Thursday, October 01, 2015

What College Students Miss About Home and the Essence of Parenting

Freedom From Want by Norman Rockwell
I am teaching two sections of a business writing class this semester at BYU. On the first day of class I had my students fill out a get-to-know-you questionnaire in class that I use to assess their writing ability. FYI, no one can spell anymore without Spellchecker – including me.

One of the questions is this: What do you miss most about home?

When I started teaching as a graduate student I was very intimidated by my students who were often close to my age. I was always trying to assert and maintain my authority over them because it felt so tenuous.

Now my oldest son is just a few years younger than my students who are mostly juniors and seniors. I think of them just like the grandmother in Flannery O'Connor's "A Good Man is Hard to Find" thinks of The Misfit who shot her family and is about to shoot her, when she looks at him and says, "Why you're one of my babies. You're one of my own children!"

Once you've had kids it's hard not to look at other people and see them as someone's child, which is one way being a parent can make you more compassionate.

So these students in my class who could be my children or your children and who are certainly the children of someone wrote that what they miss most about home is the food. They miss someone else making it for them or buying it for them. One student mentioned missing Costco shopping days, especially.

I'm not very good at domestic arts and feel conflicted about some of them because of feminism. Also, as your kids get older you really want to buck the notion that you are just there to cook and clean for them. There's so much more to parenting than that. It's complex and multi-faceted. You have to teach them how to work, show them how to serve, be an example of a good person. You read to them and make sure they do their homework. You refine them and help them be their best. It's important to do all of this. But they don't miss it when they're gone. What they miss is being taken care of.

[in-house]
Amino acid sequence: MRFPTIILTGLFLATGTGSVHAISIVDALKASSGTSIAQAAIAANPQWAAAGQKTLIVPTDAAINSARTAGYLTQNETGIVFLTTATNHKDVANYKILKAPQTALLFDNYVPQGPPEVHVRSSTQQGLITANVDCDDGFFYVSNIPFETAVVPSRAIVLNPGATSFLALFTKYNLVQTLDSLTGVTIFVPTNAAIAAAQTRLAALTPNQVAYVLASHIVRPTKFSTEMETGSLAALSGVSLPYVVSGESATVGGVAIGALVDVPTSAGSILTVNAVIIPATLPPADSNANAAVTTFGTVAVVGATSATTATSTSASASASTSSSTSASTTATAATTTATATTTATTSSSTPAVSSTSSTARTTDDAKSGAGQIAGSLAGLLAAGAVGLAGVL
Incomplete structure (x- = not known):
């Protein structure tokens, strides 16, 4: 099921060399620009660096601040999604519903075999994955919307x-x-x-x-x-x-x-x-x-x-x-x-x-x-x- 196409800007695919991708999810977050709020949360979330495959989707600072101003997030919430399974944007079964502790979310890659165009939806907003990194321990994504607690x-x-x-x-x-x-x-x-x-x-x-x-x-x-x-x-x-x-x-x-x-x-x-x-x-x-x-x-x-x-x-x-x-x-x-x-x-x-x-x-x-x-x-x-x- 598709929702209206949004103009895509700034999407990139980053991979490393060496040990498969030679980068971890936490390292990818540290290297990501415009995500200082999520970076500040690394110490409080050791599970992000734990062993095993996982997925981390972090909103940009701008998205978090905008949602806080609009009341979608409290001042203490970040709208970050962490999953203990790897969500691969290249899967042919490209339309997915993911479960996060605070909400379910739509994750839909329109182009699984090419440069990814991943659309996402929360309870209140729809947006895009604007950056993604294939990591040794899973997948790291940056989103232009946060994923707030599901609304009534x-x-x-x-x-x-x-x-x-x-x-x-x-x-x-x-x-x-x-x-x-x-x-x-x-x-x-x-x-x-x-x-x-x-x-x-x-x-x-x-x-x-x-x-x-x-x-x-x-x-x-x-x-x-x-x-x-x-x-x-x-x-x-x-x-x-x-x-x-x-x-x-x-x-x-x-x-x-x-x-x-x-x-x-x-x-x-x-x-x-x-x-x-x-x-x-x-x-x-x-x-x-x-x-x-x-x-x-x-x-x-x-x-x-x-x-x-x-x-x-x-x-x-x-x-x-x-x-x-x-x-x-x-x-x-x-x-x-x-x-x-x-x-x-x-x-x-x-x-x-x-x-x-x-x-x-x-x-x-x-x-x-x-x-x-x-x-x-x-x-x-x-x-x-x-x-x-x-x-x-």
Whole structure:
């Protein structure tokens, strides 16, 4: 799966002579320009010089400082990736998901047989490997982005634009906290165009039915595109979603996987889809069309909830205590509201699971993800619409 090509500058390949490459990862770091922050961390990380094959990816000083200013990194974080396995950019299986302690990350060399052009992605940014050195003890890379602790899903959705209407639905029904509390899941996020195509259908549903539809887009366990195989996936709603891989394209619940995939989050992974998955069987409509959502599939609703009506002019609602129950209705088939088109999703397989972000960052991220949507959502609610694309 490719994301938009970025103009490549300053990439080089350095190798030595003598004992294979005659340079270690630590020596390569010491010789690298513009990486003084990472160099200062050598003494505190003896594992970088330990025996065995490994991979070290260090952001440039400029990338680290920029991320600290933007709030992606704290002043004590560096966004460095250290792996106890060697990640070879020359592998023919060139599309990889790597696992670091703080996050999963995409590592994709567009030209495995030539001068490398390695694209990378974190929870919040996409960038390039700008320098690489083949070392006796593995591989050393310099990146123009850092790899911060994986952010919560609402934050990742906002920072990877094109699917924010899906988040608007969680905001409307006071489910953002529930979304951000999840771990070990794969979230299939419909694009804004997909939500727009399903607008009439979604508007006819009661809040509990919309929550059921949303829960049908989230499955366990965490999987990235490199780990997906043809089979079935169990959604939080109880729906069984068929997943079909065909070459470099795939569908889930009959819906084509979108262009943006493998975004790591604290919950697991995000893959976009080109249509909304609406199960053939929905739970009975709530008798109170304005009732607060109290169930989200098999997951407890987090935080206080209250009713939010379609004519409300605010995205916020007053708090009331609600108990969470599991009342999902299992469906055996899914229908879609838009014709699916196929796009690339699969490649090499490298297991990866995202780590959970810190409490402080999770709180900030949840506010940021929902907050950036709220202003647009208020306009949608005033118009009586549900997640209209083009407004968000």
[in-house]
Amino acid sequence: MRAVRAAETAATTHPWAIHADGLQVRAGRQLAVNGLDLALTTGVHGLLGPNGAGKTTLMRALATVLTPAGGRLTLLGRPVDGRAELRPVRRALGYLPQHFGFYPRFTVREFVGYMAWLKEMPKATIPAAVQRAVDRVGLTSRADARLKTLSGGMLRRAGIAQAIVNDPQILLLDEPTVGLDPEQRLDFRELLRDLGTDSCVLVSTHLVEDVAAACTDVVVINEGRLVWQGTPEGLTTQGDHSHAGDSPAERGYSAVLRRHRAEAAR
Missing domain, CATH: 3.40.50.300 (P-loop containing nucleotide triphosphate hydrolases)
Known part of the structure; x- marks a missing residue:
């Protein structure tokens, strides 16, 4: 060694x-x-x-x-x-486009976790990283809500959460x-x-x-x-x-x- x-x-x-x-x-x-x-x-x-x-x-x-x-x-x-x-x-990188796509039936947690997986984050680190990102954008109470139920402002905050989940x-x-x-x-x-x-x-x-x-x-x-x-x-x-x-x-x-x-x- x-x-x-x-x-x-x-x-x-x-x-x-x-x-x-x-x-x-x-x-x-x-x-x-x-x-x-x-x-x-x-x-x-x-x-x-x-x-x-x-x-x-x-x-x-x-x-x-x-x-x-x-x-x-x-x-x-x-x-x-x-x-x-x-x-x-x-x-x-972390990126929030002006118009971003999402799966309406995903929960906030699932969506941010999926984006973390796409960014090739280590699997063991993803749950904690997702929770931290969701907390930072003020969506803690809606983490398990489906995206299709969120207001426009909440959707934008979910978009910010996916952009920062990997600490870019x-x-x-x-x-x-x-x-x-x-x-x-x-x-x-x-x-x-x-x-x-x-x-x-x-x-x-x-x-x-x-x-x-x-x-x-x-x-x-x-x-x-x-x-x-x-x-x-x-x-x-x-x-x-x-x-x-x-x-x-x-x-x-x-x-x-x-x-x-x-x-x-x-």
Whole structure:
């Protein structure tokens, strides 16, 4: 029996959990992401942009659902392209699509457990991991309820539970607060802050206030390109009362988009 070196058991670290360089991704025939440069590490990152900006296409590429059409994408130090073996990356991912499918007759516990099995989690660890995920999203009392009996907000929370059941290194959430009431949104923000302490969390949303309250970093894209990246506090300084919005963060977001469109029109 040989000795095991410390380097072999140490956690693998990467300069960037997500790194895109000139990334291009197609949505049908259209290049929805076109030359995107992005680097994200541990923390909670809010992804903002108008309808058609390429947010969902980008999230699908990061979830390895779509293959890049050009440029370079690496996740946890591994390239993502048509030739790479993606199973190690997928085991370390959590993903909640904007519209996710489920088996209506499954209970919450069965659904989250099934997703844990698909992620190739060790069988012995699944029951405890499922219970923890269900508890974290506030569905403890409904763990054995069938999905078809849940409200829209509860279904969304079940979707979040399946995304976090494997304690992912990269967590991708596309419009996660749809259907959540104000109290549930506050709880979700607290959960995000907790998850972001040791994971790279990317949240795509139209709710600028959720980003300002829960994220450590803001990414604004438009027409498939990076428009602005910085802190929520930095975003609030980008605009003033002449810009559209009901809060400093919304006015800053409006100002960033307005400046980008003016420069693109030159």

My students' responses underscored for me that parenting is essentially selfless. What I want to instill in my kids and do for them is not just food-based. But some of the things I do for them that make them feel most cared for like ironing their clothes or cooking their food (servile things) are the things that mean the most to them. My own mom parented me in multi-faceted and complex ways, but now what I mostly want is for her to cook a delicious Sunday dinner for me once a month and I do miss eating sandwiches that I didn't have to make myself, just like my students miss having their food prepared for them at home. There is more to parenting than feeding your kids, but feeding them is a really big part of it and according to my students that's what they miss most when they are away from home.


  1. Hmm, I didn't really miss the food, but then my mom's not a great cook (she would be the first to admit this). I did/still do miss not having to pay for the food!

  2. i love this perspective. as a college student i missed the smell of my parents home and the way the my laundry smelled when done at my parents house. i always attempted to replicate it through identical detergent and fabric softener use, but i couldn't quite match it. it was as though i needed my mom to actually do the work in order to produce that same clean smell. as an adult, i appreciate when my mom comes to stay and she cleans out my fridge or dusts my blinds. little acts of service that she doesn't need to do at all, but i like to stand next to her and help so i can smell her clothes. it takes me back.

  3. This is oddly comforting for me to read as a mother. I make it so complicated. But a roast and a sandwich--that's what I want, too. Feminism isn't anti-food--right? I love reading about your discoveries in teaching. More, please.

    1. Exactly! It's not complicated--we need to remember that.


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